IMG_3477

the words:

“What had happened to him at that moment was what happens to people when they are unexpectedly caught in something very shameful.” – Anna Karenina by Leo Tolstoy. 

 

It was a lonely spot, behind the monastery walls, no one ever came there, or so he thought and he wasn’t alone. He’d brought his lover with him. Theirs was a love that had to be kept secret as not many people would have understood or tolerated.

As they held each other closely and he gave a kiss as if this was his last meal they were caught by surprise as one of the senior monks pulled back the bushes that had hid them both.

What had happened to him at that moment was what happens to people when they are unexpectedly caught in something very shameful. He blushed bright red all over his bare upper torso.

His partner, too, blushed as his own novice robes fell to the ground.

The Senior Monk just smiled and walked away in a nimble fashion, remembering his own experiences as a young man in love. He admired the tenacity of youth, the way they spun their web of lies just for a moment of affection. He would keep their little secret, they were welcome to the spot. Funny how they had chosen the same spot that he’d enjoyed all those many years ago.

[200 Words]

This story was written for the 50 Word Thursday Challenge, Click on the link below.

https://talesfromthemindofkristian.wordpress.com/2019/08/22/50-word-thursday-34/

It is not too late to take part in this challenge, I will be posting all the results on Wednesday evening then a new challenge will begin again on Thursday. This weeks challenge will be hosted by Deb Whittam of the blog 24.

 

I have also included the following word prompts:

https://wordofthedaychallenge.wordpress.com/2019/08/27/welcome/

FOWC with Fandango — Tenacity

https://ragtagcommunity.wordpress.com/2019/08/27/rdp-tuesday-web/

https://onedailyprompt.wordpress.com/2019/08/27/your-daily-word-prompt-nimble-august-27-2019/

 

50 Word Thursday #4 – Her Little Secret

Debbie Whittam has set a challenge to write a poem or story in 50 words, or multiples of 50 up to a maximum of 250 words, inspired by a picture and include some particular lines. Here is the picture.

 

07-06-18

Here are the lines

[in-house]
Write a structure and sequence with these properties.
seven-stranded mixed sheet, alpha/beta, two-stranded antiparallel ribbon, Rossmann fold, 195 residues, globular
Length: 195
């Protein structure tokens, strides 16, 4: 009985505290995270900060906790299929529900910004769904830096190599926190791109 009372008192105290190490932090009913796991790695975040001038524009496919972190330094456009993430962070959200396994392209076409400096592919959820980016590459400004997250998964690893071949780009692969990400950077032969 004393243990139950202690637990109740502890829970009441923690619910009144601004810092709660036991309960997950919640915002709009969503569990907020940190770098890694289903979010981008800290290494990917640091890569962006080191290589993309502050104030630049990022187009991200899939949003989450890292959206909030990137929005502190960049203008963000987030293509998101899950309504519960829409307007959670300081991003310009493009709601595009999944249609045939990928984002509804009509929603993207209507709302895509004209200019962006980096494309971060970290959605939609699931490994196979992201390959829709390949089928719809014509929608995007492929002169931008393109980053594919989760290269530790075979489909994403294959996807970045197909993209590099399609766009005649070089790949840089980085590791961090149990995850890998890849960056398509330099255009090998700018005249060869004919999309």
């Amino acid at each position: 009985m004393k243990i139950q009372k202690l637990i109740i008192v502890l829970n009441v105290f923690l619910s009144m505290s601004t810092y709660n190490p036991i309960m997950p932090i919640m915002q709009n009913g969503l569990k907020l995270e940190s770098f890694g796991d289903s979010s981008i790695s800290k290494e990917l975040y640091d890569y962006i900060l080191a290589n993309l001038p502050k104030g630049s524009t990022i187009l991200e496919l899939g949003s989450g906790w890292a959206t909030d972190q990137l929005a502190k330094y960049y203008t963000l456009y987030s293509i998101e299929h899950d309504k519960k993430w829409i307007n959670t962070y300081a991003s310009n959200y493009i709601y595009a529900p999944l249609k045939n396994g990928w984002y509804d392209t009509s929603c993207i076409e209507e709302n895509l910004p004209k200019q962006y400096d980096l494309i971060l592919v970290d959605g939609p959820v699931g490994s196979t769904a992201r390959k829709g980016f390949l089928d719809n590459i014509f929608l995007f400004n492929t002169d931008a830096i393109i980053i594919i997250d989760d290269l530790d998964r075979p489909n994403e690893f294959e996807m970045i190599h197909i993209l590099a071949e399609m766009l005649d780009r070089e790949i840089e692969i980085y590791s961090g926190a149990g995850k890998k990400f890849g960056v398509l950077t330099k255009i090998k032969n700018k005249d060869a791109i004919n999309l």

“Life was a queer business, she thought. On occasions it threw people together haphazardly without regard to consequences.”
From Frederick J Thwaites No Rainbow In The Sky

Here is my attempt:

Liza-beth stepped out of the grocery store and recognised it. It was the cart from Tallow’s farm and tied to the hitching post was Winston, the carthorse. She went over and patted the horse on the nose and he whinnied at her, an old friend.

Life was a queer business, she thought. On occasions it threw people together haphazardly without regard to consequences.

She had grown up on the neighbouring farm to the Tallow’s and had been friends with them all, especially Jeb. Jeb had been her own age and they had grown up together, playing in the creeks and gullies that separated their two properties.

That had been many years ago now. Everyone had expected they would marry, but Jeb had never asked her. Instead she’d married a boy from Charlottesville and moved here.

One of the Tallow’s must have come to town for supplies.

She heard a sound behind her and turned suddenly. There stood Jeb, the same hangdog expression on his rugged face, his sandy hair flopping down over his cornflower blue eyes.

All the intervening years were stripped away.

Just then her daughter came running up. Her sandy hair and blue eyes gave away her secret.

Copyright: Kristian Fogarty 07/June/2018

See Debbie’s post here if you want to take part in this fun challenge:

https://debbiewhittam.wordpress.com/2018/06/07/50-word-thursday-4/